Good Night, and Good Luck (2005)
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Review Date: February 17, 2006
Director: George Clooney
Writer: George Clooney, Grant Heslov
Producers: Grant Heslov
David Strathairn as Edward R. Murrow
George Clooney as Fred
Robert Downey Jr. as Joe
Based on real-life events (what movie isn’t these days?), this film recreates the infamous showdown between trusted CBS newscaster Edward R. Murrow and Senator Joseph McCarthy who was calling anyone who opposed him either a Communist or a Communist sympathizer back in those days. Aaaaah, kinda reminds me of that more recent line: “You’re either with us or against us.” That aside, the film does portray the events as they apparently went down, in all of their black and white glory. Get it? Black, white…no grey areas. Deep stuff, folks.
I generally enjoy political dramas or thrillers, and I generally enjoy most anything that involves the uber-charming George Clooney, but this film didn’t entirely bowl me over, in fact, after a while it started to feel more like a documentary, with about 20% of its footage being actual archival snippets taken directly from the 1950s. I don’t mind watching documentaries about politics either, but some of this stuff just got a little too dry and obvious to me after a while, that I was mostly just sitting there, admiring the film’s cinematography, great acting across the board and differences between our times and theirs including: 1) the lack of women in the newsroom 2) the lack of anyone of color other than white in the newsroom and 3) the number of smokers in those days! In terms of the latter point, I was actually coughing at certain points as I watched the film, as almost everyone on screen would have a cigarette in their mouth at the same time, including the damn anchor reading the news on TV!! Wow, how things have changed. Nowadays, only Sean Penn can smoke on TV. Then again, the film’s main point is about how some things haven’t changed at all, with the American government seemingly overstepping their bounds back in those days, and today, well, some of the same “watch your step” issues rearing their ugly mugs.

That said, I’m always up for a good ol’ yarn about the “crappy old days”, but this one just didn’t pull me in as much as I thought it would, especially with its tight quarters and (apparent) specific depictions of what had gone down. As anyone knows by now, the vilified Senator McCarthy shows up throughout the movie as himself—via actual footage from the day. Again, this was “interesting” for a while, but I knew where it was all going, and I got the point pretty early, so the rest of the time I was simply trying to figure out why they intercut certain scenes with an impressive jazz songstress belting out tunes (to pad up the film’s runtime?) or why the Robert Downey Jr. subplot with Patricia Clarkson was in the film to begin with (again, to pad up the film’s runtime?). With those two seemingly superfluous items included in the movie, it still only ran about 87 minutes, with much of that featuring back-door jabbering amongst the newsmen, footage of McCarthy bitching about someone or another and Murrow’s lengthy one-shot rebuttals. I certainly didn’t dislike this movie, but I guess I wasn’t as impressed as I wanted to be. That said, David Straitharn certainly delivered in the acting category, as did Frank Langella and the great Ray Wise, both of whom haven’t been propped enough, and Clooney also impressed as a director with everything from the film’s look to its use of music (yeah, despite the fact that it felt padded…it was still good music) to its pacing, coming through gangbusters.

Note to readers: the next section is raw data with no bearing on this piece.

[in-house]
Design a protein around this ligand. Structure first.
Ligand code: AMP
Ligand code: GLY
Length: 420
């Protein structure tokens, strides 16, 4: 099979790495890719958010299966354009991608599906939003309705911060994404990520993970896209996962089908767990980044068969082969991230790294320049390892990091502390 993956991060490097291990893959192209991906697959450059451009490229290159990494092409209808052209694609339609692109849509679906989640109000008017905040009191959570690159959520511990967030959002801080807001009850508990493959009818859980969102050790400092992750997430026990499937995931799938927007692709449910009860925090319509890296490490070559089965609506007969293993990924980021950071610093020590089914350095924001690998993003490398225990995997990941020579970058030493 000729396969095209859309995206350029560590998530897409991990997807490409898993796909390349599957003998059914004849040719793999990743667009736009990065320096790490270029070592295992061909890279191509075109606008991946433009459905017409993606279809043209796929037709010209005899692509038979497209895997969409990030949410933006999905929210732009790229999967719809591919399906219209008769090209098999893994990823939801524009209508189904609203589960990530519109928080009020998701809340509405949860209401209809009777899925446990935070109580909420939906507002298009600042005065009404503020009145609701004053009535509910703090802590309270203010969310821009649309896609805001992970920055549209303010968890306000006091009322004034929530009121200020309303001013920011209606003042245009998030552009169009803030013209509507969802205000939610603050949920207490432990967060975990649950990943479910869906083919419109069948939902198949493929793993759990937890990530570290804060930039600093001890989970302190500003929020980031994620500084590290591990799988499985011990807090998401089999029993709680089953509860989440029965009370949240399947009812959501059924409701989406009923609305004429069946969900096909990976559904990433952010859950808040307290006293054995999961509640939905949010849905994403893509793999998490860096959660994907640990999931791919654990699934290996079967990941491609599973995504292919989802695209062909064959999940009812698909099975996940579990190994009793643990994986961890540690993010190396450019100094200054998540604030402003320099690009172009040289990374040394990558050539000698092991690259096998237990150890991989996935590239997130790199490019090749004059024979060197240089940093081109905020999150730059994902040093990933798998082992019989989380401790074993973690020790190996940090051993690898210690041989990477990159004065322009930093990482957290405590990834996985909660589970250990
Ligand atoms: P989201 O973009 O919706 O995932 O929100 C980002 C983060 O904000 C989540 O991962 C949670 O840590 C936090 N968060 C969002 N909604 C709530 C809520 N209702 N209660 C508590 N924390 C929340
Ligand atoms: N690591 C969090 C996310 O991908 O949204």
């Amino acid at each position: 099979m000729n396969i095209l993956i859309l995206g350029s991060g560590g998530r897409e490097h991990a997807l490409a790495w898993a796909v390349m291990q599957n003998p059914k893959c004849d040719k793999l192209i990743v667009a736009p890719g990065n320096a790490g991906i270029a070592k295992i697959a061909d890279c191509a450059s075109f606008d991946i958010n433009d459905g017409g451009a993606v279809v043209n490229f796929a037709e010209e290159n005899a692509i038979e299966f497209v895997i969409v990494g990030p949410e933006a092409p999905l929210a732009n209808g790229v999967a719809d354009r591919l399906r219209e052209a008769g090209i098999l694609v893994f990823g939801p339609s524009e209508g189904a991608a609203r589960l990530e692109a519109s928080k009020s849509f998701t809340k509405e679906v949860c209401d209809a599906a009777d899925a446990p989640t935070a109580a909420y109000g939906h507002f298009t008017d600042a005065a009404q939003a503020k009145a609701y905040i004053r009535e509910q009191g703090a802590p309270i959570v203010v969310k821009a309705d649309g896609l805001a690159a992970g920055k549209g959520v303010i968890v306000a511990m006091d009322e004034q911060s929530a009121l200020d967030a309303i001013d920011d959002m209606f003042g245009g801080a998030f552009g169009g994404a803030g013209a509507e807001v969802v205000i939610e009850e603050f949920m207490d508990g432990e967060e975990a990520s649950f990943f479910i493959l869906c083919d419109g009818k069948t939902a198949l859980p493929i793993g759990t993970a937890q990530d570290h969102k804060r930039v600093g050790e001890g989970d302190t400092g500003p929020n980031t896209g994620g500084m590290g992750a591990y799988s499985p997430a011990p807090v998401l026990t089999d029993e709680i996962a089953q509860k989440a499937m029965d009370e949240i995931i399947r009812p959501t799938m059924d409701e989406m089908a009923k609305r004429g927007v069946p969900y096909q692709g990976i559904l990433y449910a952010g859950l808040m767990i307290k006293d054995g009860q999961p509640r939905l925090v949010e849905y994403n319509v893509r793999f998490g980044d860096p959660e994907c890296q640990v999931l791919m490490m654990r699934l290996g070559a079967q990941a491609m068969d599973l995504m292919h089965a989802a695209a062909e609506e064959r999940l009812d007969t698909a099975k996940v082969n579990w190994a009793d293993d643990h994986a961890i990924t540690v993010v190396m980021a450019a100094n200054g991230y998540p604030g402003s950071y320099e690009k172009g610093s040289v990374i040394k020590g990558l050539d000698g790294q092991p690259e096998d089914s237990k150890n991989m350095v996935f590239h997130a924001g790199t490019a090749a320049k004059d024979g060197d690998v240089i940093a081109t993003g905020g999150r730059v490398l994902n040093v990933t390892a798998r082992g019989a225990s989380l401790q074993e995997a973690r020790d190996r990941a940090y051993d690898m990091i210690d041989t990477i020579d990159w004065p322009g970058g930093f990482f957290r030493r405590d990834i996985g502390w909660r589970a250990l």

Feeling more like a documentary that one oughta sit through if they’re entirely ignorant about the whole McCarthy scandal from the 50s, I certainly can’t recommend this to everyone – especially those who don’t care for “talking heads” movies – but if you enjoy that sort of thing, this one makes its points, short and sweet, and looks good, while doing so. For me, a marginal thumbs up, as Roger Ebert would say. PS: Hey Clooney, how about tossing some screen-cards up in the end, so that we know what happened to all of the film’s principals after all was said and done?
(c) 2018 Berge Garabedian

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